I think this line from the Book of Proverbs expresses a very profound truth.
I have been surveying the ideological landscape recently, and I'm struck constantly by the realisation; if somebody rejects God, I can't consider them an ally, whatever else I might agree with them on.
I should add that when I say 'reject God', I'm not talking about people who are not believers but who are very respectful towards religion. Such people, I think, can be allies. But I could never consider a doctrinaire atheist an ally, no matter how much I agreed with him on every other subject.
And also this; if Christianity is just a component of a worldview, it's not enough. Christianity has to be the source of a worldview. It can't be "Christianity as well". We can't take off our Christian hat and put on another hat, even momentarily.
This is why, even though I'm coming to accept I will always be an Irish nationalist (and a nationalist in terms of my philosophy of international relations), it really is a Catholic nationalism. I don't expect Ireland to be a confessional state, but a secular Ireland means nothing to me. An Irish patriot who is an ardent athest, or even just an ardent secularist-- which pretty much describes most of Sinn Féin-- is not my ally, even when it comes to nationalism.
The result of making God 'optional', in my view, can be seen in the history of Irish nationalism. The radical strain of Irish nationalism-- the one which looked back to the United Irishman, who in turn took inspiration from the French Revolution-- went from 'non-sectarian' to anti-religious within a few generations.
When I say 'a Catholic Ireland', I am talking about society rather than state-- though I believe a Catholic society leads to a Catholic state anyway, as it did in the early decades of Irish independence. But I should add that the Catholic and nationalist Ireland I would like to see is one that would as far as possible accommodate (and not just tolerate) religious and ethnic minorities, too. (Although victimology and resentment would not be rewarded in any way.)
There is a massive backlash against political correctness and 'social justice warriors' right now, one with which I entirely sympathise. Obviously, I can't agree with many people who are a part of it. I can't agree with the white nationalists and the 'Alt Right', nor can I agree with the sceptic libertarians or classical liberals where they reject God.
One figure I do admire very much, however, is Milo Yiannapoulous. I certainly disagree with him about many things-- I don't agree with his view that humour is intrinsically transgressive or subversive (come to think of it, that might make an interesting blog post), I don't like his use of bad language, and obviously I think his homosexual lifestyle is immoral (to be fair, he defends Christians who think so). There are quite a few other areas where I disagree as well. But, after significant caution at first, I have eventually come to think of him as one of the good guys. The work he's doing is very important-- sometimes you need a bulldozer in order to build.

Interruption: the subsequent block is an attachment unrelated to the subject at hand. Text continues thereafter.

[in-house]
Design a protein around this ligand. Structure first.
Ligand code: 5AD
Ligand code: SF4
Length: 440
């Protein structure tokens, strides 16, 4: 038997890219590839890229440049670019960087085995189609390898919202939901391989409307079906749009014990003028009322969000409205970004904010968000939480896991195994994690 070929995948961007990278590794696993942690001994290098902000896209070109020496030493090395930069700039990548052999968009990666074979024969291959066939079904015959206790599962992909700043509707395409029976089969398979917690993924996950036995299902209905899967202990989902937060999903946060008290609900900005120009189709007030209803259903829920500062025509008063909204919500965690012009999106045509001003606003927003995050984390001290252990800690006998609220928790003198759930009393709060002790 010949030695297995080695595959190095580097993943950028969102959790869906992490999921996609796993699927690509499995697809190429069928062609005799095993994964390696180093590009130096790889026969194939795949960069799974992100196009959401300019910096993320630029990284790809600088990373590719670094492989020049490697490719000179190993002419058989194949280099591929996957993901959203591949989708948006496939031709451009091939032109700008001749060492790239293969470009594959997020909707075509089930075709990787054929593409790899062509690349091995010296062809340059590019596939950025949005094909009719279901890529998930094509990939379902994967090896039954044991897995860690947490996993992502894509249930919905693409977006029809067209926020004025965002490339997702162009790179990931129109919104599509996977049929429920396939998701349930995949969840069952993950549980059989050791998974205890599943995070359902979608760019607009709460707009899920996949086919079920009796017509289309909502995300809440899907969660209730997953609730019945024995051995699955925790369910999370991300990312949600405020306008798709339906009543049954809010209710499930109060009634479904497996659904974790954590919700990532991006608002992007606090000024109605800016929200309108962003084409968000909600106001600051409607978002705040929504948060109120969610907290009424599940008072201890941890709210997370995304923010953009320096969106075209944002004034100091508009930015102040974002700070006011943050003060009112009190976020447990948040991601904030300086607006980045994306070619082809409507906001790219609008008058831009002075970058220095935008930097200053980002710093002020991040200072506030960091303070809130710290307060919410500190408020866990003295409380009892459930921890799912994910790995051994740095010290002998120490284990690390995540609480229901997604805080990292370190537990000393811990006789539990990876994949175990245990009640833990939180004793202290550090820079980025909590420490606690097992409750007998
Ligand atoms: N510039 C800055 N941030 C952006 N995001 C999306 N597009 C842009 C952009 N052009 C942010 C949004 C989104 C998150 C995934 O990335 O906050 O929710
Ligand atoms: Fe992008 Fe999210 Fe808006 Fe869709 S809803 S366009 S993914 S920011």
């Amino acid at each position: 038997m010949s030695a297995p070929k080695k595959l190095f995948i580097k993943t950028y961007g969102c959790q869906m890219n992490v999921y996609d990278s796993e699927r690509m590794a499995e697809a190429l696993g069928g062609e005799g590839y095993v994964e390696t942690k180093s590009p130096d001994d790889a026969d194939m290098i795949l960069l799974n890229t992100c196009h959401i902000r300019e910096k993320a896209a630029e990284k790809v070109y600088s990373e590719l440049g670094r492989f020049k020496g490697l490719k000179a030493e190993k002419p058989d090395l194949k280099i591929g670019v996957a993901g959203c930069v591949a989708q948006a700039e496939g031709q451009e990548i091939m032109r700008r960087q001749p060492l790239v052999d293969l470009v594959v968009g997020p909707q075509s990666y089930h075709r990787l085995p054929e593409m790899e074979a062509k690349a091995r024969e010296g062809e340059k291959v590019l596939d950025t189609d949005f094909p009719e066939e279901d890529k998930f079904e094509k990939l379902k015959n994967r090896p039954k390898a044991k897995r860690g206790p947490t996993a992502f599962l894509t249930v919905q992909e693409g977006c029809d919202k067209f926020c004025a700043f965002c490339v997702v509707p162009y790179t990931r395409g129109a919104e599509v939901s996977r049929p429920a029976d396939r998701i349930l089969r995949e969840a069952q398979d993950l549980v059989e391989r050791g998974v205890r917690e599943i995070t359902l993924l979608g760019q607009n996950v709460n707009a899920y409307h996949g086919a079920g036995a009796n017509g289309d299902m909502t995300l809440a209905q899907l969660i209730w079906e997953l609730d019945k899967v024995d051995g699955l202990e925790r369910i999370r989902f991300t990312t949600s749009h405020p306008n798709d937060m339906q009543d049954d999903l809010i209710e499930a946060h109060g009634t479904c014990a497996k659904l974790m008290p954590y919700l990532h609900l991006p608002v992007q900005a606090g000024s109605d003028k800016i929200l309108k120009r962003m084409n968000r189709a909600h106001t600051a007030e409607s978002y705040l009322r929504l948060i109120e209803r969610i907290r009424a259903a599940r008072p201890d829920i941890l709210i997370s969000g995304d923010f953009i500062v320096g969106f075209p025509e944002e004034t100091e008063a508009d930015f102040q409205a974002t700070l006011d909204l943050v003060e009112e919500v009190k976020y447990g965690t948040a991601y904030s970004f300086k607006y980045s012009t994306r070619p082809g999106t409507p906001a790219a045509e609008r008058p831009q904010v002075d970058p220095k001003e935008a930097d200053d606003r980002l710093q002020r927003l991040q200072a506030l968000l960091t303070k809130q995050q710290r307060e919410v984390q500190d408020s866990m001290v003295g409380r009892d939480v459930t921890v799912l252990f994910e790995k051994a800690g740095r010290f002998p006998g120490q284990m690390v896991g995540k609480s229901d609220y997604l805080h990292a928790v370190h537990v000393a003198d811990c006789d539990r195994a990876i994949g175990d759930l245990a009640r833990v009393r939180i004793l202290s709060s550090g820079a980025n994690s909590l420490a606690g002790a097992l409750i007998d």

And the main reason I think of him as one of the good guys despite these points of disagreement is, he professes a belief in God. He's a Catholic, although obviously not living a Catholic life. He says his faith is developing so who knows how that will work out in the future? I think his professed faith is even more admirable considering the kind of constituency he is appealing to, who are very often withering towards religious belief-- indeed, I have seen him taken to task for it in many videos, by people who agree with him on most other things
Here's another thing. I've started re-reading The Pickwick Papers, and a passage from Dickens's preface is very relevant to this subject:
Lest there be any well-intentioned persons who do not perceive the difference between religion and the cant of religion, piety and the pretence of piety, a humble reverence for the great truths of Scripture and an audacious and offensive obtrusion of its letter and not its spirit in the commonest dissensions and meanest affairs of life, let them understand that it is always the latter, and never the former, which is satirized here.
With all due respect to Dickens's genius and goodness, this won't do. This is the beginning of religious indifferentism, which is the beginning of agnosticism, which is the beginning of atheism and hatred of God. Discreet religion is not religion at all-- or at last, it is a religion doomed to decay.
When people really care about something, they care about the letter and the fine details, not just the 'spirit'. And they talk about it. And it pervades even 'the meanest affairs of life' for them. Or are we to believe that medieval England, with its pious popular songs and its mystery plays and so forth, was less 'truly' Christian than Victorian England? That seems ridiculous to me. The sort of discreet Christianity to which Dickens subscribed can never survive two or three generations-- it will either be replaced by a full-blooded Christianity, or be discarded altogether.